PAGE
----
10-Arguments that make Calvinism; reformed theology, strong or weak on man’s “free will” to believe Jesus
1. Did Christ die for everyone?
If the premise is that Jesus died for everyone (righteous and unrighteous), how come more people are going to hell? Therefore, it would seem that when God said He wants everyone to be saved, it referred only to the chosen elect.
At the other end of the spectrum is hypergrace. Even without asking for forgiveness, everyone can be saved because all sins have been redeemed once and for eternity. However, John 17:9 seems to confirm that “everyone” refers only to the elect.
1 Peter 3:18
Christ also suffered once for sins, the righteous for the unrighteous, that He might bring us to God, being put to death in the flesh but made alive in the spirit.
I pray for them. I am not praying for the world, but for those, You have given Me because they are Yours.
2. Does man have free will and the ability to choose?
Adam and Eve disobeyed God, and it reflected their ability to choose. They were created in perfection and lived with God with free will, although they were not reprobates.
Calvinists presuppose that reprobates do not have the natural desire to obey or choose God. Indeed Adam and Eve were not reprobates (wicked men) as with Mary, the mother of Jesus, Job, and even John the beloved, who loved God. The point is, there were none-reprobates in the Bible.
But then, Apostle” Paul points out that “the “natural man” cannot respond to the Gospel unless there’s divine illumination. His argument makes a free will and the ability to choose rather complicated.
- Jesus knocks at the door of our hearts (Revelations 3:20). He invites us to have fellowship with Him. For us to accept or refuse can mean free will.
- Apostle Paul also invites those who are dead to awake, arise, and believe in Jesus (Ephesians 5:14; 2:8-9).
2 Corinthians 2:14
The natural man does not accept the things that come from the Spirit of God. They are foolishness to him, and he cannot understand them because they are spiritually discerned.
3. Can a person “dead to sin” respond to God’s offer?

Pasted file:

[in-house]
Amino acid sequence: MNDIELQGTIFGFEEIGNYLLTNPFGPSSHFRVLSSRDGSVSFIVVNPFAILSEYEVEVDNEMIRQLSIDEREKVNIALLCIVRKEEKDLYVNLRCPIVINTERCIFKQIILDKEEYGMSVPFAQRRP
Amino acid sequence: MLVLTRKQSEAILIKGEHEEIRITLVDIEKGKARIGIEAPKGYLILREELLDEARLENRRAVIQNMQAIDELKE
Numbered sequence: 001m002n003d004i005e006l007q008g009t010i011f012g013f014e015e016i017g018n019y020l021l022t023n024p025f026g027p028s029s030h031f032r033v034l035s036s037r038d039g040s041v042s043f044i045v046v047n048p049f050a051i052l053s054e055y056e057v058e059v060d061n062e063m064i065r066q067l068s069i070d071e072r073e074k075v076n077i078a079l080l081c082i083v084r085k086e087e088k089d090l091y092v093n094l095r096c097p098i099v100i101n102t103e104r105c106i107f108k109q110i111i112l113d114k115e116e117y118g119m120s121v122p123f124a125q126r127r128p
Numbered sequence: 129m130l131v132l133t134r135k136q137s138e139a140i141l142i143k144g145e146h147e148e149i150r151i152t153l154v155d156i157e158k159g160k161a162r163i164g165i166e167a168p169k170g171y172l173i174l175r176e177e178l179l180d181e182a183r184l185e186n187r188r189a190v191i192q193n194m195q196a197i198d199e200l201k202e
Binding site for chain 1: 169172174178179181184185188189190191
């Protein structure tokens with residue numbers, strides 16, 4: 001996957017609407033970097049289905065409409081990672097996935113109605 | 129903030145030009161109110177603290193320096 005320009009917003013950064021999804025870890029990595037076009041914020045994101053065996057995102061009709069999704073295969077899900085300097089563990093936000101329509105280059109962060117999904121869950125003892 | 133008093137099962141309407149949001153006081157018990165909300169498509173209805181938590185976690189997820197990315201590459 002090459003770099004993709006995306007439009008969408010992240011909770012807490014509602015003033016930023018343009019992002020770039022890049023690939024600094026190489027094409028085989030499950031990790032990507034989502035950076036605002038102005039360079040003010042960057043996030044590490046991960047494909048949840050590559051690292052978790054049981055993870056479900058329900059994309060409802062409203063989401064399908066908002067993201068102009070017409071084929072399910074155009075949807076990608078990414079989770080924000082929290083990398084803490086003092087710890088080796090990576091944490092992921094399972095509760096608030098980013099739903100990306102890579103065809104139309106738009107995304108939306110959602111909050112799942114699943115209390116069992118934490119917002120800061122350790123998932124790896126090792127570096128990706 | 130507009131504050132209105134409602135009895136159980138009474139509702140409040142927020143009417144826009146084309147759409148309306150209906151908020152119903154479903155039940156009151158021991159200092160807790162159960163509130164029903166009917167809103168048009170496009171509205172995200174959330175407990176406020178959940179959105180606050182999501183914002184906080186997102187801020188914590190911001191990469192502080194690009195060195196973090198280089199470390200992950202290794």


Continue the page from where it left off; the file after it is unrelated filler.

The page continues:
Being “dead to sin” separates us from God. For Calvinists, we’re not only separated but couldn’t possibly respond or believe Jesus because we are all sinners.
That may be true, but in the New Covenant, Jesus restored our relationship with God so we can freely and boldly come to Him.
- For Calvinists, salvation is predestination. God chooses who to save.
- For evangelicals, everyone has the “free will” to come to Jesus.
“Let us approach God’s throne of grace with confidence so that we may receive mercy and find grace…”
“He saved us, not based on deeds which we have done in righteousness, but according to His mercy, by the washing of regeneration and renewing by the Holy Spirit…”
4. God’s sovereignty can override our “free will“
God can lead someone to pray for someone, but God can inspire someone to pray for that someone to begin with. The point is, even if we choose our own volition, that desire goes back to God’s sovereignty, His determined will. (John 6:44)
- In Calvinism, “unconditional election,” an aspect of predestination, means God chooses who to save.
- God leads only “the elect” to salvation, but those not selected, the reprobates, get justice without condition.
No one can come to Me unless the Father who sent Me draws him.
2 Corinthians 4:4
In their case, the God of this world has blinded the minds of the unbelievers to keep them from seeing the light of the Gospel of the glory of Christ, who is the image of God.
God has mercy on whom He wants to have mercy, and He hardens whom He wants to harden.
We can freely and boldly come to God and receive mercy.
5. Does the act of receiving Jesus mean “work”?